Tuesday, September 28, 2010

All About Agents

This past Sunday, Judy Emery and I participated in downtown Toronto's Word on the Street. The event was well-attended and definitely worth the drive to Toronto. Booksellers, authors, agents, newspapers and other media set up tents and kiosks on Queen's Park. It was a bit overwhelming, but we managed to attend a variety of workshops and presentations.

Today, I will share with you some of the insights gained from the workshop: Why Do I Need An Agent?

Literary agent Helen Heller does not mince words. After 20+ years of experience as an editor and agent of commercial and literary fiction in England and Canada, she can truthfully say she has seen and heard it all.

Here are some of her tips...
  • If you are a celebrity or writing a tell-all about a celebrity, you can approach a publisher. If not, you need an agent.
  • Email submissions are preferred. Snail mail submissions usually end up in slush piles.
  • When sending a query letter, do not be overly familiar. Address the letter to Ms Heller not Helen.
  • A well-written query letter will produce results. Create a query letter that is sharp, current and attractive.
  • Do not start your query with the following expressions: "What if," "Suppose," or "Imagine." It is not the agent's job to imagine your scenario.
  • Ms Heller receives 60-70 queries a day. She looks at all of them and responds only to those that catch her attention.
  • Beware of agents who ask for fees or charge hourly rates for editing. No reputable agent will take fees for literary services.
  • Visit the agent's website and look at books he/she has represented. Use agents who have sold to publishers you recognize.
Written by Joanne Guidoccio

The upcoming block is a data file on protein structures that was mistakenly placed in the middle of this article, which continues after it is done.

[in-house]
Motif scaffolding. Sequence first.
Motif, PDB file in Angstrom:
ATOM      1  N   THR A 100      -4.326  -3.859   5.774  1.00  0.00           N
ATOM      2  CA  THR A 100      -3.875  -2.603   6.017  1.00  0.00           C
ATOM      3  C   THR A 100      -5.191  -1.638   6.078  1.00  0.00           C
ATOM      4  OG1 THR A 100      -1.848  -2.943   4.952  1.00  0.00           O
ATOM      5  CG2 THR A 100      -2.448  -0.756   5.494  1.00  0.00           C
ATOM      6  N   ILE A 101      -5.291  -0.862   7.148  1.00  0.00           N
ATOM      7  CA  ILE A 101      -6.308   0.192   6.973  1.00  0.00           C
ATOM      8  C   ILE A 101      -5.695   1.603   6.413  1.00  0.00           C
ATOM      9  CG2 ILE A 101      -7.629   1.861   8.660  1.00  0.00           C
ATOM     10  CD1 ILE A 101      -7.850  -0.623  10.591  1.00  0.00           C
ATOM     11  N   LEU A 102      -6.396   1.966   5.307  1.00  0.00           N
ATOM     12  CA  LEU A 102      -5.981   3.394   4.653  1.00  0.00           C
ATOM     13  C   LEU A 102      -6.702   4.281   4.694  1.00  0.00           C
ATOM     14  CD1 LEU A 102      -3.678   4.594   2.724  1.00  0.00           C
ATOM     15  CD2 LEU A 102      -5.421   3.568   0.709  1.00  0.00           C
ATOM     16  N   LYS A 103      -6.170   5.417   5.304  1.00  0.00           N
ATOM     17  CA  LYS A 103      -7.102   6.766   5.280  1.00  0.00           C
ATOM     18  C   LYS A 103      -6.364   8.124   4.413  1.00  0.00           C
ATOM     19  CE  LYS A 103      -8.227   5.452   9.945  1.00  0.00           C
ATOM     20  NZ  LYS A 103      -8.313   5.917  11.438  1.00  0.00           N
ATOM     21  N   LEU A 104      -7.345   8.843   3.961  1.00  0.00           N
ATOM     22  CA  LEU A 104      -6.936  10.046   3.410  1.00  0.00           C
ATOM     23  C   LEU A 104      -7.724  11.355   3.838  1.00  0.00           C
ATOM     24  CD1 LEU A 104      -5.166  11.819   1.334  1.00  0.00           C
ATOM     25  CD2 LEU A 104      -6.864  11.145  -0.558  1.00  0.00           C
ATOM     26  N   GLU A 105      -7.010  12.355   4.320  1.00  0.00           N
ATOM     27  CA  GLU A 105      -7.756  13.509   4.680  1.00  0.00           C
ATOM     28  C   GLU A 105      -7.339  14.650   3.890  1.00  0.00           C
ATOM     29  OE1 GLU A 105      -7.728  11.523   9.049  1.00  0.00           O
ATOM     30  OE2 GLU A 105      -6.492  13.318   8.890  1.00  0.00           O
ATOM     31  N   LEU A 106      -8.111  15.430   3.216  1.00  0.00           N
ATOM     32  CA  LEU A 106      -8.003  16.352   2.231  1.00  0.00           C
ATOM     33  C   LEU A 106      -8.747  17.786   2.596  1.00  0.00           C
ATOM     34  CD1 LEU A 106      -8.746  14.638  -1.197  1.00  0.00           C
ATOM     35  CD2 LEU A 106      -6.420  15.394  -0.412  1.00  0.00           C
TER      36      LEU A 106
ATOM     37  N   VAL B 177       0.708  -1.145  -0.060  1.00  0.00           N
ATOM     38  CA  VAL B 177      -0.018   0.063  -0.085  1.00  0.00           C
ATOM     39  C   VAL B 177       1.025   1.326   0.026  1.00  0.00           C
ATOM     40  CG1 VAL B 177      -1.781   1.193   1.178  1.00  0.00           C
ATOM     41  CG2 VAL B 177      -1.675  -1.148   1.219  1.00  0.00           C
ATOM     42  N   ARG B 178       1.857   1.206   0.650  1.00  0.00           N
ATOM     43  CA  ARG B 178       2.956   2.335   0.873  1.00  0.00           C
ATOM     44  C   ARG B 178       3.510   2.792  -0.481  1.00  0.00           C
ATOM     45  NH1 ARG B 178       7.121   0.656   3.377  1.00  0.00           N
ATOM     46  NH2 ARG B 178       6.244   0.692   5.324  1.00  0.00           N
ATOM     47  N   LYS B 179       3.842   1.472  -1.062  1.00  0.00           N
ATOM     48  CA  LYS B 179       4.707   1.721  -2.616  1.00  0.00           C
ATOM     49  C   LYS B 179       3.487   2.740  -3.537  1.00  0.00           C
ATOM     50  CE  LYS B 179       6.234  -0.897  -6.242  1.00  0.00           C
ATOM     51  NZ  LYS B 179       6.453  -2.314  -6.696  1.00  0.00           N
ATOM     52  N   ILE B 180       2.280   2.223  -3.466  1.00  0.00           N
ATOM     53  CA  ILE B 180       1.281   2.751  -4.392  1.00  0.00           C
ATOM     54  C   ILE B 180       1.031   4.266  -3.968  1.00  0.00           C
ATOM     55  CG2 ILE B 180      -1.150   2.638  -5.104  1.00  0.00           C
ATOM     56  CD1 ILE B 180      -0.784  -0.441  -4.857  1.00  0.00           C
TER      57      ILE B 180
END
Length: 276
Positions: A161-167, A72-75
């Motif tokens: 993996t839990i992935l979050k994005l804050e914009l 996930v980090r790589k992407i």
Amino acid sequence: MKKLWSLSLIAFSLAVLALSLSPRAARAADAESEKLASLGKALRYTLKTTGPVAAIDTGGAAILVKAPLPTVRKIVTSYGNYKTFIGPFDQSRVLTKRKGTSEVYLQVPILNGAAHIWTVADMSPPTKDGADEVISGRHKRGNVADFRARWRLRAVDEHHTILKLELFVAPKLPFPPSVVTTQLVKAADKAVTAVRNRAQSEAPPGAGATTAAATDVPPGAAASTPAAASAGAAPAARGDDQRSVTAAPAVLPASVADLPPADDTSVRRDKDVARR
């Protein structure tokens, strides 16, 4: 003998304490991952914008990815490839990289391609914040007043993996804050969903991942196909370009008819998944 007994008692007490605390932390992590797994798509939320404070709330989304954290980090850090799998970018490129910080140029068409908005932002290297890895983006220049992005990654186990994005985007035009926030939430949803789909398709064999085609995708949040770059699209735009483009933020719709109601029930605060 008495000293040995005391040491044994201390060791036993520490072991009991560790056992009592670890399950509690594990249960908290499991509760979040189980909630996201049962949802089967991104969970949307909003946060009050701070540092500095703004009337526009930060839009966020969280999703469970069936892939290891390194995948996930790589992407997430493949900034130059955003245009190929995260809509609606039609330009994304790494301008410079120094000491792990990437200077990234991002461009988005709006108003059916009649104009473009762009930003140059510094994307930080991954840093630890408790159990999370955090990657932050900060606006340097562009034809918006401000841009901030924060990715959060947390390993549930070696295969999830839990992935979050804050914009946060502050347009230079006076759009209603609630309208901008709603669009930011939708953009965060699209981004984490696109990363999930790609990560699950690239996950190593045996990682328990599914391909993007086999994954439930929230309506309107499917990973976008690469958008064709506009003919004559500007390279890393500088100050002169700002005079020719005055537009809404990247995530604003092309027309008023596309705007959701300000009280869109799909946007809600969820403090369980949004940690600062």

Sunday, September 5, 2010

Celebrated Writers in Stratford

During the month of August, Judy Emery and I participated in Stratford's Celebrated Writers Series. Along with over 200+ fans and wannabe writers, we gathered to listen and learn from three master wordsmiths: Louise Penny, Giles Blunt and Germaine Greer.

We learned that...
  • Louise Penny was advised not to set her books in Canada. Agents and publishers believed that no one would be interested in reading books based in Quebec. She stuck to her guns and her Chief Inspector Armand Gamache books have found a world-wide audience.
  • Giles Blunt set his John Cardinal novels in the small town of Algonquin Bay, which is North Bay very thinly disguised.
  • Louise Penny writes a minimum of 1000 words a day. When asked about inspiration, she commented that she would have major problems if she waited for the muse to strike.
  • Giles Blunt works from 9 to 3 each day and outlines all his novels. Although he knows the ending before he starts to write, he will often make changes.
  • Germaine Greer made fantastic use of very few primary materials--church and public records, deeds, wills--to recreate the life of Ann Hathaway in Shakespeare's Wife. She provided us with an interesting, informative and somewhat provocative lecture. Unlike the other two writers, she chose not to read from her novels. She considers readings to be "an insult to the audience."
Written by Joanne Guidoccio